Near the sign there was a huge building that I guessed might be the factory. Opposite there was a workshop and I asked a most friendly receptionist if the building was the torpedo factory. She said it was and suggested we pass through the barrier, go to the water and there I would find the torpedo testing pad. It was now getting exciting.
The invention and evolution of the torpedo can be attributed to two men. The prime mover was Ivan Luppis, a resident of Rijeka, and a retired naval officer and British engineer, Robert Whitehead who was manager of a steam ship manufacturing company in Rijeka. The first tests were made in 1866 and by 1943 the factory had reached its peak with an output of 160 torpedos a month.
The first torpedos were called ‘coastal saviours’ which were launched from shore installations. Later, torpedos were launched from the decks of ships and eventually from submarines. Whitehead gave the torpedo its name.
I spoke with the caretaker of the factory and he explained that the torpedos were launched out through the wide gaps between the pylons. The overhead structures were observation decks. Of course during WW2 the test site and the factory took a pounding from the German invasion forces.
During WW2 there was an artillery battery mounted on top of this structure. The reason for the modern drilling plant is that the test pad is going to be restored as a tourist attraction. I’m glad we saw it in this condition and not all spruced up. The old factory is going to house a new fish market. The Rijeka torpedo company went bankrupt and closed in the 1990s.
Feeling chuffed we had discovered the torpedo factory we returned to the hostel. Tomorrow we are going to the museum of Natural History as we have been told that on the front lawns are some of the torpedos made in the Rijeka factory.
WEDNESDAY 7TH NOVEMBER 2012.
Today was our last day in Rijeka, we didn’t intend staying so long but the hostel was comfortable and once we started exploring the town we realised there was a lot to see.
The first thing on today’s agenda was a visit to the Capuchin Church of Our Lady of Lourdes. The church is classified as neo-gothic and it was the first time we had come across a church of this style. Although I appreciate the work associated with its construction I have to say it wasn’t all that aesthetically pleasing.
The church was commenced in 1909 but because the order was running out of money progress was painfully slow. However someone devised a cunning plan to raise more funds and to do it a local lady was declared a saint who sweated blood. Of course, people wanted to see this miracle and they had to pay to witness it. With a fresh injection of funds the church was completed in 1929. The miraculous ‘saint’ was arrested for fraud and jailed but not until sufficient funds had been gathered to finish the church.
One thing I notice these days is that church authorities are cashing in on the tourism boom. For example, when you enter many churches you don’t go directly into the church but are herded into a church shop where religious statues, bibles, postcards and even tea towels are available for purchase. I have read that the selling of such souvenirs is not necessarily for monetary profit but as an aid to intensify faith.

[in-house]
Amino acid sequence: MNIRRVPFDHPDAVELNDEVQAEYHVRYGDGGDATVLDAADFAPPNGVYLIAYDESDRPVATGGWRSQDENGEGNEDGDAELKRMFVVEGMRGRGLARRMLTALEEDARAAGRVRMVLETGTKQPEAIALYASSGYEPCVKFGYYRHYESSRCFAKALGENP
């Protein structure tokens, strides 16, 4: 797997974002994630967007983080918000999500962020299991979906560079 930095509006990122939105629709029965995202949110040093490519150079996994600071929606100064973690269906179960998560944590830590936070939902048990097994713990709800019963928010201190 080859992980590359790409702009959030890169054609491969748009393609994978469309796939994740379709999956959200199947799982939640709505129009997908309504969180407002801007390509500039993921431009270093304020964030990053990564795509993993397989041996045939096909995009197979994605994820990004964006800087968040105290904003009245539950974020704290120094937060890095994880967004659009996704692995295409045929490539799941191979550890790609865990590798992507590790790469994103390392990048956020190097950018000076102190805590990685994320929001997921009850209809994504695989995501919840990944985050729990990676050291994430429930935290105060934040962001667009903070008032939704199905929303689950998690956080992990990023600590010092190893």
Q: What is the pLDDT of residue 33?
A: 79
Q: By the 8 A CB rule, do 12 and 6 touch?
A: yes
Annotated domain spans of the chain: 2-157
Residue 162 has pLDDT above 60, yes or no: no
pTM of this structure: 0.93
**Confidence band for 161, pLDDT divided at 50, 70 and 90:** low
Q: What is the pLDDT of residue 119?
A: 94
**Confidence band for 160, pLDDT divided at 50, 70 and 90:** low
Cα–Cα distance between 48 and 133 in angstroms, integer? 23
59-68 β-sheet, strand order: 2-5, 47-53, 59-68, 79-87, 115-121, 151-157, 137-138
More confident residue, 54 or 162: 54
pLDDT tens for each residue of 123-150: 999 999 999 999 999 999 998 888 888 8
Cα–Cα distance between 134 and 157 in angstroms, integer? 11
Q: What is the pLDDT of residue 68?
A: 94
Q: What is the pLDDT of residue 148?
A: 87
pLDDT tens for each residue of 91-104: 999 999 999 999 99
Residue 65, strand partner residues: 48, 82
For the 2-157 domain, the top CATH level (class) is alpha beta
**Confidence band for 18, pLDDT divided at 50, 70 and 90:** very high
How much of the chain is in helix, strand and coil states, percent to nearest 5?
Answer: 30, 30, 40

From the mall it was uphill to the museum of natural history where the famous Rijeka torpedos were on display. The museum was originally a holiday house for a notable Austrian archduke.
The above model might not look all that exciting but when you consider how one works and the decades of research and development involved they were really an amazing piece of technology. There were many problems to overcome. For example, keeping the torpedo going in a straight line meant two propellers (as is the case above) rotating in opposite directions. Then there was the problem of keeping it at the right depth. If it went too deep it would go under its target and if it ran near the surface its telltale wake would alert the target ship’s crew who would take evasive action.
The torpedo was inserted into the launch unit (the end where I am standing) and compressed air injected into the launch tube propelled the torpedo on its way.
The door on the end here swung open and the torpedo inserted. Then compressed air was released which drove the torpedo out the far end. I know some readers of this blog might not appreciate the work involved with making such a piece of equipment but having an engineering background I can tell you that to build such a device is quite an achievement. Many of the parts here are cast bronze, monel metal or steel and a wooden model has to be made first before making a casting. The wooden pattern is used to make a sand mould into which molten metal is poured. The cast form had to be then machined and polished. Exceptional craftsmanship! It’s a shame that the ultimate goal was to maim and kill.
After morning tea we decided to take a taxi to the Trsat Castle which towers over Rijeka. There are special taxis which charge a flat rate of 20 kuna and that entitles you to go anywhere within the town limits. Fortunately the castle was within the town limit. A taxi driver earns about $50 a week and according to the hostel owners this is enough to live on. Our taxi driver today was friendly and happy and I got the feeling his life’s ambition was simply to drive and please the customer.
Trsat Castle is thought to sit on the exact spot of an ancient Illyrian and Roman fortress. The castle was built in an ideal position because from the parapets it is possible to see down the river and out across the harbour.
Near the castle there was a church and associated buildings and one had a very unusual brick roof. Unfortunately we couldn’t get inside this building so see how the roof was supported. I wondered if maybe a wooden structure was built first then the bricks were laid on top of the form work. I thought the brick opera house in Thessaloniki was the ultimate brick building but this one is even more complex.
Today was our fifth day in Rijeka and we have enjoyed every minute of it. The hostel owners were very accommodating, the food was great, the architecture, buildings new and old were enthralling, portside activities were absorbing and finding the torpedo factory under our own steam was an achievement. Rijeka has been added to our ‘must visit again some day’ list.